Spelunky: a Study in Good Game Design

A while ago we’ve published the article Play Like a Game Designer. Now we’re going to use this material to illustrate how a game breakdown might look like.

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  • how that task was accomplished
  • examples and comments

Task: Teach the player the controls

Solution: A tutorial in the form of an introductory level.

Task: Leave room for independent discoveries

Solutions:

  • health points: why they are deducted and how much, how they are restored
  • characteristics and behavior of opponents and neutral characters
  • how obstacles and traps work
  • surface properties
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  • Pot: destructible object; can be thrown once or broken using a weapon, which will release either a reward or a small monster.
  • Arrow: indestructible object; appears only after a trap has been sprung.
  • Skull: destructible object; can be thrown once. Some skulls grow into a skeleton when you pass them.
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Task: Challenge the players

Solution:

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Subtask: Compensate for difficulty of dark levels

  • At the beginning of the level the player can take a torch to light the way (it can also be thrown at opponents). Here the player may have to choose: if the player entered the level armed, they will have to decide whether to hold on to the weapon or take a torch.
  • Hanging on the walls are unlit torches, which may be lit in order to partially light the surrounding area (earning a few coins).
  • Some stationary obstacles (heads that shoot darts, spiked statues) have glowing eyes. These shed no light, but they do warn of danger.
  • Dark levels generally have fewer opponents and obstacles (my personal impression; this may be an illusion, as nothing is visible).
  • Aside from ordinary opponents, fireflies may be encountered. These are harmless monsters, which like torches partially light up the surrounding area and help navigate.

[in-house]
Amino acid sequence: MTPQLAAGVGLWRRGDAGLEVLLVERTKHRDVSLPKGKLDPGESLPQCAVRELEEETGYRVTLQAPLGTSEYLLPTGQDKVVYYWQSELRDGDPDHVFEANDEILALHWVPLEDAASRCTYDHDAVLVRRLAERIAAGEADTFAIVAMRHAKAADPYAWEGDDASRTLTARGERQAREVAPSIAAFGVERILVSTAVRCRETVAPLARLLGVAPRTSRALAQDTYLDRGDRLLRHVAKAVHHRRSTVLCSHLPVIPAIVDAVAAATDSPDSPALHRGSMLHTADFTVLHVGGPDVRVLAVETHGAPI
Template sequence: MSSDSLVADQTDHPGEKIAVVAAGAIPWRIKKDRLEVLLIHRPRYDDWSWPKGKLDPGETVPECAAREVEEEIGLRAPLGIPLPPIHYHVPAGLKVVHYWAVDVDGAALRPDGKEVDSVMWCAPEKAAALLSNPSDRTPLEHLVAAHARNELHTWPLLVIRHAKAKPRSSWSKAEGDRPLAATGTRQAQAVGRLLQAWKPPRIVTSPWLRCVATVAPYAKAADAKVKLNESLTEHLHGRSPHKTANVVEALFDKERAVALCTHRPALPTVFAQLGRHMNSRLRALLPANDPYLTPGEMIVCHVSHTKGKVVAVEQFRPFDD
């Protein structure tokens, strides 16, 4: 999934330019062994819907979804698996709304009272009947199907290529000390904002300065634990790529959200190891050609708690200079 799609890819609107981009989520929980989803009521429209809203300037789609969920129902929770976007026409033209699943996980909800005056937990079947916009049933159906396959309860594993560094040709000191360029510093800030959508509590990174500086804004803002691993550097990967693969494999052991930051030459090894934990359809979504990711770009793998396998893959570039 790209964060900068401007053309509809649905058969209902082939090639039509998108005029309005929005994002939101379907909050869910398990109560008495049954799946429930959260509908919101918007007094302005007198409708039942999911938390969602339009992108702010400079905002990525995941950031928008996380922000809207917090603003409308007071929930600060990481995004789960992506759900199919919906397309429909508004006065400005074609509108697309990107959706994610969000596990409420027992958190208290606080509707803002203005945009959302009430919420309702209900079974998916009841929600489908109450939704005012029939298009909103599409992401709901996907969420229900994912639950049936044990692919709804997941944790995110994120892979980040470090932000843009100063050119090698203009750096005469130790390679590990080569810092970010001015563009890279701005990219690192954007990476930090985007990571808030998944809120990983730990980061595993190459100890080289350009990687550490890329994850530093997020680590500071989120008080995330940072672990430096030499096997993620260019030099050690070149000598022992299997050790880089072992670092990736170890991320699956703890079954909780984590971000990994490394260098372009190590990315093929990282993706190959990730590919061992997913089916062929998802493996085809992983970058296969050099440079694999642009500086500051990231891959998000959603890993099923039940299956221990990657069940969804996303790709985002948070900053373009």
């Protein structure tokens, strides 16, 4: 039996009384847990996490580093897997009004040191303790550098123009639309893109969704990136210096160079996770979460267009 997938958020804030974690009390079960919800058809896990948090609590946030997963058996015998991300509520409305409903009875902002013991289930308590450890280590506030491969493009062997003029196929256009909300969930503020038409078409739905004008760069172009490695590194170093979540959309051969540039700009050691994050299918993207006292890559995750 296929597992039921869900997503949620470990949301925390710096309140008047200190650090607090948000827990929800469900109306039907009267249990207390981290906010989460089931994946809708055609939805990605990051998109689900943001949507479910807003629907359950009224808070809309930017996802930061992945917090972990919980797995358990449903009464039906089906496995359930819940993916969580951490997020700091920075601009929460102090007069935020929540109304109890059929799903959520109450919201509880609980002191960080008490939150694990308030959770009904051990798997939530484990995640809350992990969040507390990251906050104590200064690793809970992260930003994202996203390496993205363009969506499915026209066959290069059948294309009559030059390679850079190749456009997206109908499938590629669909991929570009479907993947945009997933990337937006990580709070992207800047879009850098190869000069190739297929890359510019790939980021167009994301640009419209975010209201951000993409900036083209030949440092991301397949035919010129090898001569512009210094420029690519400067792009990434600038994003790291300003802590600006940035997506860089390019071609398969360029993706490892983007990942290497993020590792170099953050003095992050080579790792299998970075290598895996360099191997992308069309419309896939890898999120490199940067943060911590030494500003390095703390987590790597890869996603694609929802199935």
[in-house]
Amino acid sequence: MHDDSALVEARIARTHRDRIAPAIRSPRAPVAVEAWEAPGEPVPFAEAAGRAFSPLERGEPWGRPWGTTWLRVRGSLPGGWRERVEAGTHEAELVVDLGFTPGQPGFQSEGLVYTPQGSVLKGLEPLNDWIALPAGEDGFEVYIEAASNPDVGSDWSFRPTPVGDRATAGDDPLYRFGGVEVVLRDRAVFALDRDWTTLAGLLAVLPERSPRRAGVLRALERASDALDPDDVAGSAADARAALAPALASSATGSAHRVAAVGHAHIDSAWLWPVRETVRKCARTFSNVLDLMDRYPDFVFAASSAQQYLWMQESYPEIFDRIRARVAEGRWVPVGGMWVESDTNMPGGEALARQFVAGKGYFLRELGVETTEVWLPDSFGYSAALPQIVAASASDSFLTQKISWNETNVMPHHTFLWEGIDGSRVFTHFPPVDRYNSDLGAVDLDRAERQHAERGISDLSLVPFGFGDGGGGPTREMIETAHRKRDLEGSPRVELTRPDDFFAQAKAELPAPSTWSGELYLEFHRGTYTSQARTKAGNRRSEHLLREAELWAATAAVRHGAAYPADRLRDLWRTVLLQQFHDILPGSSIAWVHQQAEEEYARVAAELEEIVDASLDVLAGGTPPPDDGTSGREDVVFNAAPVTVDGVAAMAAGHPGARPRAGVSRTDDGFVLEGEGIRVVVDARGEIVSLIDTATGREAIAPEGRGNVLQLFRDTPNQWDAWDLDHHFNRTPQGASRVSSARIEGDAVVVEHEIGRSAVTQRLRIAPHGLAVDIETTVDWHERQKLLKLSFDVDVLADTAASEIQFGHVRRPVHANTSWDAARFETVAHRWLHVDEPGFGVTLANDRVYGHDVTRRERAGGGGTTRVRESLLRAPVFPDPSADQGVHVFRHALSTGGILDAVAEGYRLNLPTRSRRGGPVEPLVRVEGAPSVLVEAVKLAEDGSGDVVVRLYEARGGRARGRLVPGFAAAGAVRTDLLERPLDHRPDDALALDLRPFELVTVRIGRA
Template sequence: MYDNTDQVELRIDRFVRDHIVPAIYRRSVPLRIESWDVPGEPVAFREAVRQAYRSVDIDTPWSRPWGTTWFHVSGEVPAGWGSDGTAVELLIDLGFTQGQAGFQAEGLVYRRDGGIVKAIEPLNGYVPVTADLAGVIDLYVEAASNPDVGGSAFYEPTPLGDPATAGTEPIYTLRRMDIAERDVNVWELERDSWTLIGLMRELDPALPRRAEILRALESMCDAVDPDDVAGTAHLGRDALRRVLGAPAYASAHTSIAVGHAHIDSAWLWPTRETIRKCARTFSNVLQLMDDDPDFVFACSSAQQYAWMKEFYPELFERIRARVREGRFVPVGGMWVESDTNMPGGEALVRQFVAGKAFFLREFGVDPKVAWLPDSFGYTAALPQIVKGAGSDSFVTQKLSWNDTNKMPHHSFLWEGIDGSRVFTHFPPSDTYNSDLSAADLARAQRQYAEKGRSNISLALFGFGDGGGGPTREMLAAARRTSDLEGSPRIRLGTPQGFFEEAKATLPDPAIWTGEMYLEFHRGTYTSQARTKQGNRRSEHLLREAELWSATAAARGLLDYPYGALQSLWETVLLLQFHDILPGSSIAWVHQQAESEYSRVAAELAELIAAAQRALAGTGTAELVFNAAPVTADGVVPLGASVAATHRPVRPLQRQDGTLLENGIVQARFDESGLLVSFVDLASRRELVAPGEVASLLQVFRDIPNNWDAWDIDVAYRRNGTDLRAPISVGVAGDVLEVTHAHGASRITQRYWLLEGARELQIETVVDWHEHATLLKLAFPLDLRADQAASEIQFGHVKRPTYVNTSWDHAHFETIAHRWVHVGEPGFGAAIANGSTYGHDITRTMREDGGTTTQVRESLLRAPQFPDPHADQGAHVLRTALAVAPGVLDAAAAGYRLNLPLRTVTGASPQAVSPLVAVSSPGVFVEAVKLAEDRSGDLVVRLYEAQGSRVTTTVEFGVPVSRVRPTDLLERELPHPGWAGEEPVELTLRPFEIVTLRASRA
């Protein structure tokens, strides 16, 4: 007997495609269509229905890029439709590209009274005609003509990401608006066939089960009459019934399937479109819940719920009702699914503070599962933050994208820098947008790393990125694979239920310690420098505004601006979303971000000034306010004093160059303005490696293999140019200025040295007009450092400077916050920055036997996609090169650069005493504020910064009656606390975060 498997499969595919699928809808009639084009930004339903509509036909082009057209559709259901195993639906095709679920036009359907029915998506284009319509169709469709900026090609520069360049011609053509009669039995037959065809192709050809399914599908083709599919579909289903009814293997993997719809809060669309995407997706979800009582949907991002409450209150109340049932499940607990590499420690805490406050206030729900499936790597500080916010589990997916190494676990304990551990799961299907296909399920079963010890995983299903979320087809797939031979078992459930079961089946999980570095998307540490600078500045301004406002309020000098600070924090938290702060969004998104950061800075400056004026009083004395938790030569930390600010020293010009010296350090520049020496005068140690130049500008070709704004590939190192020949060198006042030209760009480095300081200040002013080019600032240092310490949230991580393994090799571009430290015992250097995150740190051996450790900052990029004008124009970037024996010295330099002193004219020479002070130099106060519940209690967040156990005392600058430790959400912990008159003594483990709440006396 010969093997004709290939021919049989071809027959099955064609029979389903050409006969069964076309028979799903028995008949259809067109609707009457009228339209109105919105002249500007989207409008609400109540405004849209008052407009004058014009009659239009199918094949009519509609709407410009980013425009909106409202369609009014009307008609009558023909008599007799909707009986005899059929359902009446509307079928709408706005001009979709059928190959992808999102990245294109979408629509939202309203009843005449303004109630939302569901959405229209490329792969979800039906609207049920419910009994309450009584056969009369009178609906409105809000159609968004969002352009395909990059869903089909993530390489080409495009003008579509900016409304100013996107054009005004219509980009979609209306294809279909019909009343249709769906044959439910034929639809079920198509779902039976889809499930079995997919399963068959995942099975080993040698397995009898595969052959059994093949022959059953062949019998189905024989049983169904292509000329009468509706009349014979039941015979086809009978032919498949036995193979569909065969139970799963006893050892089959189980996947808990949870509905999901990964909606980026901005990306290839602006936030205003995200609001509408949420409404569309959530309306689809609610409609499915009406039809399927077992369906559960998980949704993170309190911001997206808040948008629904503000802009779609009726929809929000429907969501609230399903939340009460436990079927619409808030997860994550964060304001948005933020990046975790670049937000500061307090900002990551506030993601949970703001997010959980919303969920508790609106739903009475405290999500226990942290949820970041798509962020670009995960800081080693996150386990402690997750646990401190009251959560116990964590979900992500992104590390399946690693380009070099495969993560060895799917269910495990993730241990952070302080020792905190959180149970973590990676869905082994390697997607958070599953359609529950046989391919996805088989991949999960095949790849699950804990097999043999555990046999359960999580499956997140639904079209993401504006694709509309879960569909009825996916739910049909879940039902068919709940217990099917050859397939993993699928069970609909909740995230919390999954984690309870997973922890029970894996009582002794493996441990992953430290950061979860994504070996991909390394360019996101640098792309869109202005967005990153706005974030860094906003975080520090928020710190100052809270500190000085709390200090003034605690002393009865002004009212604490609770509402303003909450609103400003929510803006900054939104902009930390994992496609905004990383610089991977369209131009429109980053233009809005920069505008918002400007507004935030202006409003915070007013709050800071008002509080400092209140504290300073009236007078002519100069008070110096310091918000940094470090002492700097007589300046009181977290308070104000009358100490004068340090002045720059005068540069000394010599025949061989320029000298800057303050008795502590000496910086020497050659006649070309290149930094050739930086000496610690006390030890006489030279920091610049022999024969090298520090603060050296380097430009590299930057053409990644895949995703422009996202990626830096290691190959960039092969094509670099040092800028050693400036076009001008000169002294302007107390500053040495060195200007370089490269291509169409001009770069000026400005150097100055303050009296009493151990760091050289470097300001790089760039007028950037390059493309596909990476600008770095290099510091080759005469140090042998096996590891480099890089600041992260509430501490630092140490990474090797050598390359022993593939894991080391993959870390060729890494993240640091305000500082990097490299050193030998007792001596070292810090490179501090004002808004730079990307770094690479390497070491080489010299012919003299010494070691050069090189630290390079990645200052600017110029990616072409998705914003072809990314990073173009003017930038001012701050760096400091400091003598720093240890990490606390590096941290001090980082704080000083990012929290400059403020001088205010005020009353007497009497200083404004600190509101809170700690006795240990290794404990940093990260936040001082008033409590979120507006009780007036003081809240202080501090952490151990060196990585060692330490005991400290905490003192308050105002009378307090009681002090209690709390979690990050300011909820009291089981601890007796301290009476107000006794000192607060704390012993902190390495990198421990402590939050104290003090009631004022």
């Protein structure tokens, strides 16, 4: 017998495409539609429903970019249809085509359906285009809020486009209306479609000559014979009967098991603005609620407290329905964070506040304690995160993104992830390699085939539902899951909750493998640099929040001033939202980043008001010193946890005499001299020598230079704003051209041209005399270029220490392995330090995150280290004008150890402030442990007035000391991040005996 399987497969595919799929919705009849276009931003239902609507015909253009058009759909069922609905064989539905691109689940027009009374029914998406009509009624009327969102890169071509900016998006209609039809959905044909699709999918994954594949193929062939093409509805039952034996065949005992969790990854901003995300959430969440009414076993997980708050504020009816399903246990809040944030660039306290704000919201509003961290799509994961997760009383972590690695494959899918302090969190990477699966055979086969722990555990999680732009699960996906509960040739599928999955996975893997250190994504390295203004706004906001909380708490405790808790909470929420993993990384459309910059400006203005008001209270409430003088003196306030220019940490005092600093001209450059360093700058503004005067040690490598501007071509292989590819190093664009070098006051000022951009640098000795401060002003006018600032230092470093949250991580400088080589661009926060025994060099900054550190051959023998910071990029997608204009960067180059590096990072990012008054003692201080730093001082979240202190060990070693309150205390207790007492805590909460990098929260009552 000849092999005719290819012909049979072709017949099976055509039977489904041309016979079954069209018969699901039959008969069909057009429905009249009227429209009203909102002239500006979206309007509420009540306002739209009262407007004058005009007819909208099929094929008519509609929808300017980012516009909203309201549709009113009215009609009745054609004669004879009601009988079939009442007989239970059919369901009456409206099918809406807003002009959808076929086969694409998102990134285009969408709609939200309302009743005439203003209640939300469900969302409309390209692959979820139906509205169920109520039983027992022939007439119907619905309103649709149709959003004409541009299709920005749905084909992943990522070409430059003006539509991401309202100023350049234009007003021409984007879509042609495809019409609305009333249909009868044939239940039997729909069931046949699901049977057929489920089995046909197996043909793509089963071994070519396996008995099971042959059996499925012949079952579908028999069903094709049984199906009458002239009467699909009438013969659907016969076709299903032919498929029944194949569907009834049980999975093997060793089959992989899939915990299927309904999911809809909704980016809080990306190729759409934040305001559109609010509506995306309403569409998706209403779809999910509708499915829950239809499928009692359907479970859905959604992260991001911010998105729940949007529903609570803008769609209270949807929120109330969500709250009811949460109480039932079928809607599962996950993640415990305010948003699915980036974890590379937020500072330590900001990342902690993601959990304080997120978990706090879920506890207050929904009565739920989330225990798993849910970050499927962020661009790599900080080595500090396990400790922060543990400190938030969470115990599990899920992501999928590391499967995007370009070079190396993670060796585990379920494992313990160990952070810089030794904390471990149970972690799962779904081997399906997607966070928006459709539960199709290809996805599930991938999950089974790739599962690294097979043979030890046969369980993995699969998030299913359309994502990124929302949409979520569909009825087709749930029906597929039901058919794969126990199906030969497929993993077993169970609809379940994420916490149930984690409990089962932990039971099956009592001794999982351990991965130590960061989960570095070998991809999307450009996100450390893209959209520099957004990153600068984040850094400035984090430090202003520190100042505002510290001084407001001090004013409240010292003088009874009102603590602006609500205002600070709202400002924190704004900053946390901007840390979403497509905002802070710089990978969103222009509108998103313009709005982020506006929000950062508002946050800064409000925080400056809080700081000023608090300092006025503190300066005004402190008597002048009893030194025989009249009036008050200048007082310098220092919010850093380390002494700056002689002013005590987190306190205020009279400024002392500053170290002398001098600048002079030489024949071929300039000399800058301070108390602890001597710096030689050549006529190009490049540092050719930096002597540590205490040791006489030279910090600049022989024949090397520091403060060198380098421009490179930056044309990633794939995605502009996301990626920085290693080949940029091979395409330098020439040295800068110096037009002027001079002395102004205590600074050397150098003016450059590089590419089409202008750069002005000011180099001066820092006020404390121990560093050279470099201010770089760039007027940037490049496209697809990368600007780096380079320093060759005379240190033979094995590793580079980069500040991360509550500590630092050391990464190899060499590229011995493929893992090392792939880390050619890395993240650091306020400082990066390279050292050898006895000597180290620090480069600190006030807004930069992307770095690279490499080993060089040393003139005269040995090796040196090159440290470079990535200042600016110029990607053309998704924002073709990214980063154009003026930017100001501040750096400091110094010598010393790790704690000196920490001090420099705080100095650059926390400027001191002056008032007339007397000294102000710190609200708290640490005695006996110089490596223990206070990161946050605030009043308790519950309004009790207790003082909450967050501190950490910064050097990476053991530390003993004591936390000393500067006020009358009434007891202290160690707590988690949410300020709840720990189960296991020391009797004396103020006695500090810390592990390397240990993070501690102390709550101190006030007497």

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Task: Returning players to the game (increasing replay value)

Solution:

Subtask: Introducing variety into level contents

Procedural generation is responsible not just for the form of the levels. Its algorithm also configures content: what opponents you encounter, which traps, and so on. Here’re some examples.

  • (L1) snake: crawls, spits venom, deducts 1 HP upon contact, 1 HP when hit with venom
  • (L1) spider: jumps high and near, deducts 1 HP upon contact, can hide in pots or fall from a ceiling if passed under
  • (L2) fire frog: jumps high and far, deducts 1 HP upon contact, explodes after a couple of seconds when killed, becomes an ordinary frog upon entering water
  • (L2) snail: moves slowly, blows bubbles upward that are lethal to the touch
  • (L2) piranha: lives in water, deducts 1 HP upon contact

Task: Create conditions for player skill growth

Solution:

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  • Traps are equally hazardous for everyone. No double standards here: if you toss a monster onto spikes, it will die just like a player character would.

Task: Stimulate different game styles

This task consists of two subtasks, which at first glance appear to be contradictory: to stimulate more cautious and more aggressive playing styles. Simultaneous stimulation of different styles forces the player to make tactical decisions.

Subtask: Stimulate a more cautios playing style

The death of a character causes progress to be lost: the player returns to the first level with only basic equipment. Memories and log entries are all that remains of previous victories.

Subtask: Stimulate a faster, less cautious playing style

The game renews at the press of a button when a character dies. Even if the game only lasts one second, the next second it can begin anew.

What to do with all this

And so you’ve amassed a certain number of tasks that the developers were faced with, and examples of how those tasks were resolved. Now it’s time to categorize them. Separate the tasks into different folders, and as you make new choices these folders will gradually fill up.

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